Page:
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By Cherie T. Buisson, DVM, CHPV
Certified Hospice and Palliative Care Veterinarian

We all know that there are people who don’t enjoy the holidays.  But did you know that veterinary staff members often dread the holiday season? Why? Well, there’s an odd phenomenon that starts anywhere between Halloween and Thanksgiving and sometimes drags on through March or April – the euthanasia explosion.

There are lots of reasons why there is an increase in pet euthanasia during the holiday season. It’s colder (except here in Florida for some reason), so pets with arthritis or who are very thin are often worse when the temperature drops. There is the stress of changes to the home – decorations, work schedules, visitors.

Pets can be exposed to toxins and foreign bodies that aren’t usually in their environment. Their owners are often very stressed, even if they love the holidays. Stress can cause a flare up of old disease or bring on new diseases in both pets and people. Finances are also pretty tight for many during this festive, gift-laden season. Pet owners sometimes try to wait on veterinary care until after all the chaos (and expense) is over.

Whatever the reason, veterinary teams are performing euthanasia at a much higher rate than usual. Patients we have loved and sometimes known their entire lives are passing. While we band together to provide a peaceful end for our beloved patients and their families, inside we are feeling the weight of grief. For while nothing compares to the loss of your own pet, helping multiple families through this process takes a toll. Compassion fatigue (secondary trauma from helping sick and injured patients and their families) can bring veterinary professionals down, especially when they are trying to navigate their own holiday stresses.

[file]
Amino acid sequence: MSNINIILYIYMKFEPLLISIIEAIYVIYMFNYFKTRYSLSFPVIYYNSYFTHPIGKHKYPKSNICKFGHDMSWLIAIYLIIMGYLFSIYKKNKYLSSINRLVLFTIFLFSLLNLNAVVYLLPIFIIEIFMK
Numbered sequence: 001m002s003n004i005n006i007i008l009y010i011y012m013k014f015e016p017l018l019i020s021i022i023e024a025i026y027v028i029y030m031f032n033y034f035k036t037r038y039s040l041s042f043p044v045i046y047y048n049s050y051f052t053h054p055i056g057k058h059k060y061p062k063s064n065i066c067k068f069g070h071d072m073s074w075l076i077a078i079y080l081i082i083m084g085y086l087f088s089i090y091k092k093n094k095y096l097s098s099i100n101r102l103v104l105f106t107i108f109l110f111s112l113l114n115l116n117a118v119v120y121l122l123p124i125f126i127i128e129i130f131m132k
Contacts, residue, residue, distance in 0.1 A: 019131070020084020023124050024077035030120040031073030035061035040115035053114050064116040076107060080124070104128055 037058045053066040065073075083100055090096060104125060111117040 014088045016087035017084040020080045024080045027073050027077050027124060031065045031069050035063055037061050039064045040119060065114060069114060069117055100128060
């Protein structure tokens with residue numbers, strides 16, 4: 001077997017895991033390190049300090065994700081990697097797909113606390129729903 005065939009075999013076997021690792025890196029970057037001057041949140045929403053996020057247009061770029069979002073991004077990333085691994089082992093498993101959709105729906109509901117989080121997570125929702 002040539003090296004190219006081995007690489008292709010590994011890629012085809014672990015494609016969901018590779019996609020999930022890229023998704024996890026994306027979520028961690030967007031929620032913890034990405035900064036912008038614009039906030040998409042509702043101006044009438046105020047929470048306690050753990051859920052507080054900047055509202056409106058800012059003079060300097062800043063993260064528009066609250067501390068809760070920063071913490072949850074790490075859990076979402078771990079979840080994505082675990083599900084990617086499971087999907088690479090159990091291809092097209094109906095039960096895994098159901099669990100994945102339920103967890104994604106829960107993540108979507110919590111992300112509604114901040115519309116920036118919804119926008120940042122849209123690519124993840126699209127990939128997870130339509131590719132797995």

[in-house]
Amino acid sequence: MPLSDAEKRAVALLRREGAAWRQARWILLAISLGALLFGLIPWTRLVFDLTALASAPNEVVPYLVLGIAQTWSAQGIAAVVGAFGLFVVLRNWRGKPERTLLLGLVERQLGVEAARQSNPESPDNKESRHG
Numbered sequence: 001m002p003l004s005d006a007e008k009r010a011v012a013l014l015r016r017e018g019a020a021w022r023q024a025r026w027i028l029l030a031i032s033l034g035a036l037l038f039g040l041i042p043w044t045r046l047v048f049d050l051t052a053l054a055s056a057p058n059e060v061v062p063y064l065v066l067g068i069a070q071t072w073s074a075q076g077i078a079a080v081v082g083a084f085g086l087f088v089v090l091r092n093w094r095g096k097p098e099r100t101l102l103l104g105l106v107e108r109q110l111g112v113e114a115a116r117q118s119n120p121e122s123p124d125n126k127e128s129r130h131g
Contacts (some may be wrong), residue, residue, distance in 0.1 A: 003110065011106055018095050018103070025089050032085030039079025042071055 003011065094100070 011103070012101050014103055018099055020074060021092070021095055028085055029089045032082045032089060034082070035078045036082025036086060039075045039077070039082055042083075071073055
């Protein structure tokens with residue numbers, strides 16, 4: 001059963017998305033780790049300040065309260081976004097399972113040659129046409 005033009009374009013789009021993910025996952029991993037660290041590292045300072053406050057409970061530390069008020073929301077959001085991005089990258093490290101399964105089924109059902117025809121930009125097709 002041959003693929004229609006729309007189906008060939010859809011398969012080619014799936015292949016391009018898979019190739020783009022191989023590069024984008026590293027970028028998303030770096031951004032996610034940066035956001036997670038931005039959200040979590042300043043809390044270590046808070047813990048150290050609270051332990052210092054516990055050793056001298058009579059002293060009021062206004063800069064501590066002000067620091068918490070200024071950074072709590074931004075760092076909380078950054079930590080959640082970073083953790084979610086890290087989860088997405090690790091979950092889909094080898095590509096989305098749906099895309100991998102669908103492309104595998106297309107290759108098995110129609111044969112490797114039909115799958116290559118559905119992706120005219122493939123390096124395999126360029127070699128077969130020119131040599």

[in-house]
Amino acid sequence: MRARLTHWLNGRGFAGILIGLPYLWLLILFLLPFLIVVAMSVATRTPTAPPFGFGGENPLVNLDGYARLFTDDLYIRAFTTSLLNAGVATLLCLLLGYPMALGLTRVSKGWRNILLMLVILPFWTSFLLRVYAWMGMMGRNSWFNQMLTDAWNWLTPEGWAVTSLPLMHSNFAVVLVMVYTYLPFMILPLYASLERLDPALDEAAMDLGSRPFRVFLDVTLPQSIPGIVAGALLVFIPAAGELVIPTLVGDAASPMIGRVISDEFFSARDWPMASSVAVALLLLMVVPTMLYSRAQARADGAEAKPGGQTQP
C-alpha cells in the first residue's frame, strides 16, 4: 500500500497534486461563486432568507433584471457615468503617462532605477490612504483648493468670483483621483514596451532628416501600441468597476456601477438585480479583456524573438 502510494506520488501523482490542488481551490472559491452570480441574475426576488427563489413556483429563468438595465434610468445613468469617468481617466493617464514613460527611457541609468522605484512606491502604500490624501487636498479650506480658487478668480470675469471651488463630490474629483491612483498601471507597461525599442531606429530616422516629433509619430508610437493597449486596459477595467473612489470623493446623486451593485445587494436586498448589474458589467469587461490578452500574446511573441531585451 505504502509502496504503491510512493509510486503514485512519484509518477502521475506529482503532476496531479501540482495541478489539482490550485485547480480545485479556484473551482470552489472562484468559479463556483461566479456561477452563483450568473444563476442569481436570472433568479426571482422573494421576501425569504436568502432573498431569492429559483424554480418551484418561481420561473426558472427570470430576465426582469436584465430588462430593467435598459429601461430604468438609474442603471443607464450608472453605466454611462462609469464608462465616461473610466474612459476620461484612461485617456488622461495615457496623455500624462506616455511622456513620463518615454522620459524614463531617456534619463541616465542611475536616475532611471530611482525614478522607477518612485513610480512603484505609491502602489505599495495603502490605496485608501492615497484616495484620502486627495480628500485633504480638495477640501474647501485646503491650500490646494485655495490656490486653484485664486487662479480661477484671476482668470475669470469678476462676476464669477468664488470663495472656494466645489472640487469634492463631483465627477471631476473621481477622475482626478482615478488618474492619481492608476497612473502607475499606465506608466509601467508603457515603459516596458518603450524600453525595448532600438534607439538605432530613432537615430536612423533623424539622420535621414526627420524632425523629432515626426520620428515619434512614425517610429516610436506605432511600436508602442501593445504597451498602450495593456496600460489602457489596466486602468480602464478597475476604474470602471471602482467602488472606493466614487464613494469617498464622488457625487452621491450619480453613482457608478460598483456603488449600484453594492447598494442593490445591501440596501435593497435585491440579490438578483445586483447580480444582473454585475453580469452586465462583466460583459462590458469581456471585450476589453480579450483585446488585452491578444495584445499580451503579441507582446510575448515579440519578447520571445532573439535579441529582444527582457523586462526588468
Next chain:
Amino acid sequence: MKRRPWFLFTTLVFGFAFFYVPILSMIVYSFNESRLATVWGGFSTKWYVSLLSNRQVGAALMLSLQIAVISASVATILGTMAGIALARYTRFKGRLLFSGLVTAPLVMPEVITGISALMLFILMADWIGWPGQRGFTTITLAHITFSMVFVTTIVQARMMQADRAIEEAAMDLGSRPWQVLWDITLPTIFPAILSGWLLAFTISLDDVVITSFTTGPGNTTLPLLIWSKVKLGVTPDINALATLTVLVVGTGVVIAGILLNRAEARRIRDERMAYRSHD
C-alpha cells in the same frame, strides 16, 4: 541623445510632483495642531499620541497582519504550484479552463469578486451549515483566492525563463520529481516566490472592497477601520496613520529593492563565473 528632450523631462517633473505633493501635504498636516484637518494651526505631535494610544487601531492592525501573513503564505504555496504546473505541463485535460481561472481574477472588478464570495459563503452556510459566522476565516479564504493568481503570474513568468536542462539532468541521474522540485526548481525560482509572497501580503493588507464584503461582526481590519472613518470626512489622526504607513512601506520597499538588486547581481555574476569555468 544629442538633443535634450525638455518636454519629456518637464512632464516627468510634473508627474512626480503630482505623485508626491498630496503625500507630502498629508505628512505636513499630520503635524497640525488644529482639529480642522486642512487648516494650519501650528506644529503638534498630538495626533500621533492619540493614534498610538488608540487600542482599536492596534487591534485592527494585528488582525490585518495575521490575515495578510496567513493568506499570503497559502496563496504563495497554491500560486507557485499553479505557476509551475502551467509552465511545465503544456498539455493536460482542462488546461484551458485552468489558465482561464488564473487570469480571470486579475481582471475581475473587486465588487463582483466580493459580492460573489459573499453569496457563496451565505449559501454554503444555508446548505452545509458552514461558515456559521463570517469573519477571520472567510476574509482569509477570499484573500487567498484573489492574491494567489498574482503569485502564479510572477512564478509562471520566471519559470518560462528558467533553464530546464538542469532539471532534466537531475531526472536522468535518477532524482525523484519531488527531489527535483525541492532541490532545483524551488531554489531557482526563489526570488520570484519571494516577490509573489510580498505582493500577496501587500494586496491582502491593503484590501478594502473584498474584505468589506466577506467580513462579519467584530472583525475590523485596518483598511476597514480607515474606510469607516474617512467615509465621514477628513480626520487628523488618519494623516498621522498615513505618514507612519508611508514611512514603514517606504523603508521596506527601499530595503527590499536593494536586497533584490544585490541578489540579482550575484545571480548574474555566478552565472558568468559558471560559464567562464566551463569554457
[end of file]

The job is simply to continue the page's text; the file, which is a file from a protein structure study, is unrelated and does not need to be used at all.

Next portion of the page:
I have some advice for both pet parents and veterinary teams during this time.

Be kind – both halves of a pet’s team of caretakers are under pressure. We all need to remember patience and empathy. Everyone has the same goal: to help the pet. Today I was touched when I thanked a client for her patience because I ran late after performing a euthanasia. She told me she was grateful her pet wasn’t in that position and was happy to sit tight while I helped a grieving family. I didn’t have to apologize for being late, and she didn’t have to give me a gracious response. But because both things happened, we were able to find common ground and help her cat with no conflict standing in our way.

Consider in-home euthanasia – veterinary teams and clients should check and see if anyone offers in-home services in their area. I urge all pet owners to consider having their pets pass at home. It is much less stressful for most pets and clients to not travel to a busy veterinary hospital. So many clients have no idea that house call euthanasia services exist. At the time of a pet’s passing, having options is important. I get referrals from veterinarians all the time, and their clients are grateful that they had the option, even if they don’t take it. To find a list of providers in your area, visit inhomepeteuthanasia.com